Validity of the Neck Meridian Test as a Measure of Stress


The neck meridian test is a procedure in which the participant is requested to stretch the neck in four directions and rate the intensity of pain felt and/or symptoms. The total score of the four responses has been shown to correlate with the level of perceived stress, and it has been suggested that it may be possible to use this test as a measure of perceived stress. The purpose of this study was to examine the effect of experimentally induced stress on the neck meridian test score. It was predicted that the neck meridian test score would increase only in participants who were exposed to stress manipulation. The participants were 19 male and 9 female college students (age, 34.1 ± 9.37 years) majoring in acupuncture and moxibustion medicine. The participants were randomly assigned to a stress group and a control group. All participants were requested to rest for 3 min and then complete the neck meridian test. Subsequently, they were administered a stress questionnaire. The participants in the stress group were instructed to prepare mentally for 3 min for a small 1-min examination that included performance in front of a judge, while those in the control group were requested to rest for additional 3 min. After each period, the participants completed the neck meridian test and were administered a stress questionnaire. The stress score increased significantly only in the stress group, indicating that the experimental protocol was a valid means of inducing a stressed state. The neck meridian test score also increased only in the stress group, providing supporting evidence that the neck meridian test is a valid tool for assessing perceived stress. It is suggested that the test could be used in future studies applying techniques of acupuncture and moxibustion medicine to stress care.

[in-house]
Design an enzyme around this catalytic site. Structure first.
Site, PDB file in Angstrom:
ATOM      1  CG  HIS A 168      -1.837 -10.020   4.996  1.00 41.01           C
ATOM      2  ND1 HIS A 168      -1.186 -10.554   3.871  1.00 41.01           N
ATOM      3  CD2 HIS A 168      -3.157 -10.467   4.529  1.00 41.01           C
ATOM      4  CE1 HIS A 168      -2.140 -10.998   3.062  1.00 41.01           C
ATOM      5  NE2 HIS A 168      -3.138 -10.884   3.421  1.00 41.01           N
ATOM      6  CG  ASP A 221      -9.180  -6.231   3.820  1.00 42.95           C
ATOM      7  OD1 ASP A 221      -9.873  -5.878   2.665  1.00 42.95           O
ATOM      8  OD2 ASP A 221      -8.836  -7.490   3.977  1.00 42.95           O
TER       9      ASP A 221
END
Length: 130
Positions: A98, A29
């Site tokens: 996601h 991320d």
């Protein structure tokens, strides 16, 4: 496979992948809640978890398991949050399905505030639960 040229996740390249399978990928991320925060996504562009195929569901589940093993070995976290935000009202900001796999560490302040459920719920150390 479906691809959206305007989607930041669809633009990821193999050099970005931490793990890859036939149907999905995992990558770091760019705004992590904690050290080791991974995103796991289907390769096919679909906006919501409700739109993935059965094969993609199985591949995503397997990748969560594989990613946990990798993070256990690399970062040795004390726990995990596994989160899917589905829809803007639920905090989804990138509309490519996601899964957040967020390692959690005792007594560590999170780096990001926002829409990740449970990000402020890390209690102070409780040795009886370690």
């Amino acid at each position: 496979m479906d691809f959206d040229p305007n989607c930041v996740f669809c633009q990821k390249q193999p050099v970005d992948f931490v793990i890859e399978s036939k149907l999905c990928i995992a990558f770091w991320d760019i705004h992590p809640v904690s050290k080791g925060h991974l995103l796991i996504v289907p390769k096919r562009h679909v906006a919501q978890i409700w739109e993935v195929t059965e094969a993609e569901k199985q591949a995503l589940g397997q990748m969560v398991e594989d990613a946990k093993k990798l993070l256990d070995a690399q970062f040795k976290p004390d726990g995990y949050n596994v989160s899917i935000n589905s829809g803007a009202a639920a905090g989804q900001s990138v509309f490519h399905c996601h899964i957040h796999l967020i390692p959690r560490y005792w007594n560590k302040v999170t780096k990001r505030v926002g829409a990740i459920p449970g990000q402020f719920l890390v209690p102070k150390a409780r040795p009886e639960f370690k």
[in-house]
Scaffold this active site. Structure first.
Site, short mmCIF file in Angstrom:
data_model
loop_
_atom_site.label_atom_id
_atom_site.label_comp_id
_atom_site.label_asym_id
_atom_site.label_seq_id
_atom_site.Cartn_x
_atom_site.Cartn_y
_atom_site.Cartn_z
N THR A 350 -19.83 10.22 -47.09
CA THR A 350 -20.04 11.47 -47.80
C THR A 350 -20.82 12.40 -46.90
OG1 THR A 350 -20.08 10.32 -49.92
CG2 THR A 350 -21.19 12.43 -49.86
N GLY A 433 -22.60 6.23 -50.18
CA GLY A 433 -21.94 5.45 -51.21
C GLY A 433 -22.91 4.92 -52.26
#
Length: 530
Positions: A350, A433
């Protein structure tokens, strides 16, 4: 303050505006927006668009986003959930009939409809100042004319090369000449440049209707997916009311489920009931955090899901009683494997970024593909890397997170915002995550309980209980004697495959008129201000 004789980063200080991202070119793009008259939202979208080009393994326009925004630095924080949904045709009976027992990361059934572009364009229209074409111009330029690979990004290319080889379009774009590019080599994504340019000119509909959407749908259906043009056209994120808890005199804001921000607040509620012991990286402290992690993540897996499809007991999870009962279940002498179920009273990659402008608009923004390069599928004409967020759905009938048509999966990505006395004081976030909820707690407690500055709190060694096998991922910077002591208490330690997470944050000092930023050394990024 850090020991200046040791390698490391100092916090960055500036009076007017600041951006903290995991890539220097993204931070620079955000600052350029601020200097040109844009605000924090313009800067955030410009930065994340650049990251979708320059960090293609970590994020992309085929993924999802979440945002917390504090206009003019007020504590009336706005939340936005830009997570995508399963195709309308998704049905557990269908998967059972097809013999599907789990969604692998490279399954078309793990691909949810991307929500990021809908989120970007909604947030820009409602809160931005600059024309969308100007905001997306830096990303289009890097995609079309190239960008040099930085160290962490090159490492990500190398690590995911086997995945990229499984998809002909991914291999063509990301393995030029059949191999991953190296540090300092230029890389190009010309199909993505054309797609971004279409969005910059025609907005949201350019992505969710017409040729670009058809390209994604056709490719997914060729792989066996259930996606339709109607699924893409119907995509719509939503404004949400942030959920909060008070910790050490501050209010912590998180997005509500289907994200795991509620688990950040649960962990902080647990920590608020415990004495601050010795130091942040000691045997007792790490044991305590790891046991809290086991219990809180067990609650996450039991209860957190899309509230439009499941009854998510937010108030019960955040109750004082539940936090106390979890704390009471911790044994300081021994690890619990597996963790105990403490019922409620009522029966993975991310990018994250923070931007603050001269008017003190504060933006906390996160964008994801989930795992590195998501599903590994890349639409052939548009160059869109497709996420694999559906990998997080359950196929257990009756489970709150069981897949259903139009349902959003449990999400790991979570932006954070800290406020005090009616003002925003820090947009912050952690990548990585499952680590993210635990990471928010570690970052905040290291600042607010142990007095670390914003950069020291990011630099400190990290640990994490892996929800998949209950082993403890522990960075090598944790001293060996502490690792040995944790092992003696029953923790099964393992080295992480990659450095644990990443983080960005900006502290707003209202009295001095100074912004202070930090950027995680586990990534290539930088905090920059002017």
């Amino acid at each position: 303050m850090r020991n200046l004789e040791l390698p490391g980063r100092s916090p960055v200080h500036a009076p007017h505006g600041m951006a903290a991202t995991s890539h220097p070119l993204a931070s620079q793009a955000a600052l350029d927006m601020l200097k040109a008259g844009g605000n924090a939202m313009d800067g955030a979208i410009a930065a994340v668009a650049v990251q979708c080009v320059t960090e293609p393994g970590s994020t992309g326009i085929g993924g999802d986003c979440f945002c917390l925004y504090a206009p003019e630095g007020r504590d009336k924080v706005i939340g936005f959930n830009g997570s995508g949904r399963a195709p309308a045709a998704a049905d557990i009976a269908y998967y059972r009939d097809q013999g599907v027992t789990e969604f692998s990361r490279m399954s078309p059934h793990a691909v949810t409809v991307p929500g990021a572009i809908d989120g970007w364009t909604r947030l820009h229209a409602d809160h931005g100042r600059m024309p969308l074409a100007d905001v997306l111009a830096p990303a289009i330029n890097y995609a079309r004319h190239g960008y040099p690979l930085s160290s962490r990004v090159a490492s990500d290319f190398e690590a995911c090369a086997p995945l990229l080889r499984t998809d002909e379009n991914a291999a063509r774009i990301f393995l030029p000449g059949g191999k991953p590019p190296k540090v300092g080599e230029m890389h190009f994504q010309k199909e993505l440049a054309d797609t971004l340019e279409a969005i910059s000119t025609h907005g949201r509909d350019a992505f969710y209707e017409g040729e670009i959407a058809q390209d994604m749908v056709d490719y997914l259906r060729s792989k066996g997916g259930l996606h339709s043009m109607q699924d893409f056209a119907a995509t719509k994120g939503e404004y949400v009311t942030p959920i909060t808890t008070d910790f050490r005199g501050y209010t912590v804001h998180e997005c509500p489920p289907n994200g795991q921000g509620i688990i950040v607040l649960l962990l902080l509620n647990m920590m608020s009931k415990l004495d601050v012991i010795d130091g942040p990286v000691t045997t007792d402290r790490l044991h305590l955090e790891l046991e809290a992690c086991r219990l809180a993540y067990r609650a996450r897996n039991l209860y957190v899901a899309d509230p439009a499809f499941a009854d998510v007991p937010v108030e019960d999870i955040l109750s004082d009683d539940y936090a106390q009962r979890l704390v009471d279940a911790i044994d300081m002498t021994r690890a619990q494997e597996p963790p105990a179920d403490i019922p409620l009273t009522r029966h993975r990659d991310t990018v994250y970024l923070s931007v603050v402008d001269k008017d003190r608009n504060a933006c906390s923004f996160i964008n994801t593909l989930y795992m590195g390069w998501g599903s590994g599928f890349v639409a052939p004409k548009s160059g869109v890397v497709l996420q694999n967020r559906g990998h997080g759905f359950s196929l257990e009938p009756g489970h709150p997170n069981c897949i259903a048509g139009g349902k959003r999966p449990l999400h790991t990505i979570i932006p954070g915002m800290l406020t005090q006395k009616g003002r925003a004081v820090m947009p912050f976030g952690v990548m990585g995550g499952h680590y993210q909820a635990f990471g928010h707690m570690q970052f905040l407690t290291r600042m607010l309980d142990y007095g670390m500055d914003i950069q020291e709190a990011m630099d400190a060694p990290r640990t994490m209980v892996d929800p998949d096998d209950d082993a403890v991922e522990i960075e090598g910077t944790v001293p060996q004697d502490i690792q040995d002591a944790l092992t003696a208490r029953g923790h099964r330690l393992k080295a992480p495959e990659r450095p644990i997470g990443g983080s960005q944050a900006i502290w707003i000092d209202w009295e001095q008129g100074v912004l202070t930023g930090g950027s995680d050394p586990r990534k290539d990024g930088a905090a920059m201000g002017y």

Share and Cite:

Y. Honda, A. Tsuda and S. Horiuchi, "Validity of the Neck Meridian Test as a Measure of Stress," Open Journal of Medical Psychology, Vol. 1 No. 4, 2012, pp. 81-85. doi: 10.4236/ojmp.2012.14013.

Conflicts of Interest

The authors declare no conflicts of interest.


[1] M. S. Kopp, á. Skrabski, A. Székely, A. Stauder and R. Williams, “Chronic Stress and Social Changes, Socioeconomic Determination of Chronic Stress,” Annals of the New York Academy of Sciences, Vol. 1113, 2007, pp. 325-338. doi:10.1196/annals.1391.006
[2] K. Arabia, I. Abdelrahim and I. Humaida, “Relationship between Stress and Psychosomatic Complaints among Nurses in Tabarjal Hospital,” Open Journal of Medical Psychology, Vol. 1 No. 3, 2012, pp. 15-19. doi:10.4236/ojmp.2012.13003
[3] N. B. Anderson, K. C. Nordal, S. J. Breckler, D. Ballard, L. Bufka, L. Bossolo, et al., “Stress in America Findings,” American Psychological Association, 2010.
[4] European Foundation for the Improvement of Living and Working Conditions, “Fourth European Working Conditions Survey,” Office for Official Publications of the European Communities, Luxembourg, 2007.
[5] S. Horiuchi, A. Tsuda, E. Kim, K.-S. Hong, Y.-S. Park and U. Kim, “Relationships between Stage of Change for Stress Management Behavior and Perceived Stress and Coping,” Japanese Psychological Research, Vol. 52, No. 4, 2010, pp. 291-297. doi:10.1111/j.1468-5884.2010.00444.x